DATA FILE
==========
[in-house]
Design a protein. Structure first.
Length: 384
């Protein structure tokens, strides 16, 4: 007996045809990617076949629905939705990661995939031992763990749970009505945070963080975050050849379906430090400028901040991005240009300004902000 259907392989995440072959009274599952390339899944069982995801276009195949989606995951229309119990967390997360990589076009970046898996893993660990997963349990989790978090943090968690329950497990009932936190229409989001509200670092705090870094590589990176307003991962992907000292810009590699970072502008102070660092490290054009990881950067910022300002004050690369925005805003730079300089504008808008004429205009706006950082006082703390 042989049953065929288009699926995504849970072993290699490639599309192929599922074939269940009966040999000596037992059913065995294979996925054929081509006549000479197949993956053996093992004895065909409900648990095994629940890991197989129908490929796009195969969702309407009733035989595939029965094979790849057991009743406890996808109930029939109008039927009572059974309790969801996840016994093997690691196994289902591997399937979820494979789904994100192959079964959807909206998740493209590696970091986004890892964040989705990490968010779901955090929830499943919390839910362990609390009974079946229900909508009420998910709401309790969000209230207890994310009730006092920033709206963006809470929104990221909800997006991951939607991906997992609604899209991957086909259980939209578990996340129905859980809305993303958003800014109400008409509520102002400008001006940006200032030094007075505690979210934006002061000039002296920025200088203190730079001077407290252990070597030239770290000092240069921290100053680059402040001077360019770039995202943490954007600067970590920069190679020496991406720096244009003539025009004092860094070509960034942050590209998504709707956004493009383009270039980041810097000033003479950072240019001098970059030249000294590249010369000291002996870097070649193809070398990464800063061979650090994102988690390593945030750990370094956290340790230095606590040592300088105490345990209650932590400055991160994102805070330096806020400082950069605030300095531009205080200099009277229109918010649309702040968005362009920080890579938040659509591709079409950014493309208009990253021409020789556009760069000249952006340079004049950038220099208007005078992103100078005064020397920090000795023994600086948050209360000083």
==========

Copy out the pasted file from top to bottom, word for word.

[in-house]
Design a protein. Structure first.
Length: 384
């Protein structure tokens, strides 16, 4: 007996045809990617076949629905939705990661995939031992763990749970009505945070963080975050050849379906430090400028901040991005240009300004902000 259907392989995440072959009274599952390339899944069982995801276009195949989606995951229309119990967390997360990589076009970046898996893993660990997963349990989790978090943090968690329950497990009932936190229409989001509200670092705090870094590589990176307003991962992907000292810009590699970072502008102070660092490290054009990881950067910022300002004050690369925005805003730079300089504008808008004429205009706006950082006082703390 042989049953065929288009699926995504849970072993290699490639599309192929599922074939269940009966040999000596037992059913065995294979996925054929081509006549000479197949993956053996093992004895065909409900648990095994629940890991197989129908490929796009195969969702309407009733035989595939029965094979790849057991009743406890996808109930029939109008039927009572059974309790969801996840016994093997690691196994289902591997399937979820494979789904994100192959079964959807909206998740493209590696970091986004890892964040989705990490968010779901955090929830499943919390839910362990609390009974079946229900909508009420998910709401309790969000209230207890994310009730006092920033709206963006809470929104990221909800997006991951939607991906997992609604899209991957086909259980939209578990996340129905859980809305993303958003800014109400008409509520102002400008001006940006200032030094007075505690979210934006002061000039002296920025200088203190730079001077407290252990070597030239770290000092240069921290100053680059402040001077360019770039995202943490954007600067970590920069190679020496991406720096244009003539025009004092860094070509960034942050590209998504709707956004493009383009270039980041810097000033003479950072240019001098970059030249000294590249010369000291002996870097070649193809070398990464800063061979650090994102988690390593945030750990370094956290340790230095606590040592300088105490345990209650932590400055991160994102805070330096806020400082950069605030300095531009205080200099009277229109918010649309702040968005362009920080890579938040659509591709079409950014493309208009990253021409020789556009760069000249952006340079004049950038220099208007005078992103100078005064020397920090000795023994600086948050209360000083």